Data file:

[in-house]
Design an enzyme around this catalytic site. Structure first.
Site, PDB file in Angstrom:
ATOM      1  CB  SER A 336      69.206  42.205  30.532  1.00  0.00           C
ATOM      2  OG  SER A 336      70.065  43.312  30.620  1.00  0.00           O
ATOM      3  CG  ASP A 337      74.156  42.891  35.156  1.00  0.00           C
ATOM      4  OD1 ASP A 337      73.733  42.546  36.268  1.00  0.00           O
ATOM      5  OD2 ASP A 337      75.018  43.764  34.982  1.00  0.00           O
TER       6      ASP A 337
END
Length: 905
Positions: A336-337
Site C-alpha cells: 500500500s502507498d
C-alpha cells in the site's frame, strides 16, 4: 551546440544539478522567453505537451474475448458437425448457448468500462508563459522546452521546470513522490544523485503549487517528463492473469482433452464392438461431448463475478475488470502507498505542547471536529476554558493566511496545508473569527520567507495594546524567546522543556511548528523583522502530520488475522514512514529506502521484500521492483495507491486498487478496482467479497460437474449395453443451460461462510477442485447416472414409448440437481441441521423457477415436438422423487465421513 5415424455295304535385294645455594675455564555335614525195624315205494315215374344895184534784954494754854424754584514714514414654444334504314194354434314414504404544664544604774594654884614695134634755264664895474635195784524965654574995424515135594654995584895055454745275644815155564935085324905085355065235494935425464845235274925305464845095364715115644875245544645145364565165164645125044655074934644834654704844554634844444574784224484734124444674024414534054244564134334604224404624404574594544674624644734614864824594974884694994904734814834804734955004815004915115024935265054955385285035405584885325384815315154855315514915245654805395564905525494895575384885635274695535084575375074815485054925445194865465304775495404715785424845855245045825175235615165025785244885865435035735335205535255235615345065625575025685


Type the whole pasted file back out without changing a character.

[in-house]
Design an enzyme around this catalytic site. Structure first.
Site, PDB file in Angstrom:
ATOM      1  CB  SER A 336      69.206  42.205  30.532  1.00  0.00           C
ATOM      2  OG  SER A 336      70.065  43.312  30.620  1.00  0.00           O
ATOM      3  CG  ASP A 337      74.156  42.891  35.156  1.00  0.00           C
ATOM      4  OD1 ASP A 337      73.733  42.546  36.268  1.00  0.00           O
ATOM      5  OD2 ASP A 337      75.018  43.764  34.982  1.00  0.00           O
TER       6      ASP A 337
END
Length: 905
Positions: A336-337
Site C-alpha cells: 500500500s502507498d
C-alpha cells in the site's frame, strides 16, 4: 551546440544539478522567453505537451474475448458437425448457448468500462508563459522546452521546470513522490544523485503549487517528463492473469482433452464392438461431448463475478475488470502507498505542547471536529476554558493566511496545508473569527520567507495594546524567546522543556511548528523583522502530520488475522514512514529506502521484500521492483495507491486498487478496482467479497460437474449395453443451460461462510477442485447416472414409448440437481441441521423457477415436438422423487465421513 5415424455295304535385294645455594675455564555335614525195624315205494315215374344895184534784954494754854424754584514714514414654444334504314194354434314414504404544664544604774594654884614695134634755264664895474635195784524965654574995424515135594654995584895055454745275644815155564935085324905085355065235494935425464845235274925305464845095364715115644875245544645145364565165164645125044655074934644834654704844554634844444574784224484734124444674024414534054244564134334604224404624404574594544674624644734614864824594974884694994904734814834804734955004815004915115024935265054955385285035405584885325384815315154855315514915245654805395564905525494895575384885635274695535084575375074815485054925445194865465304775495404715785424845855245045825175235615165025785244885865435035735335205535255235615345065625575025685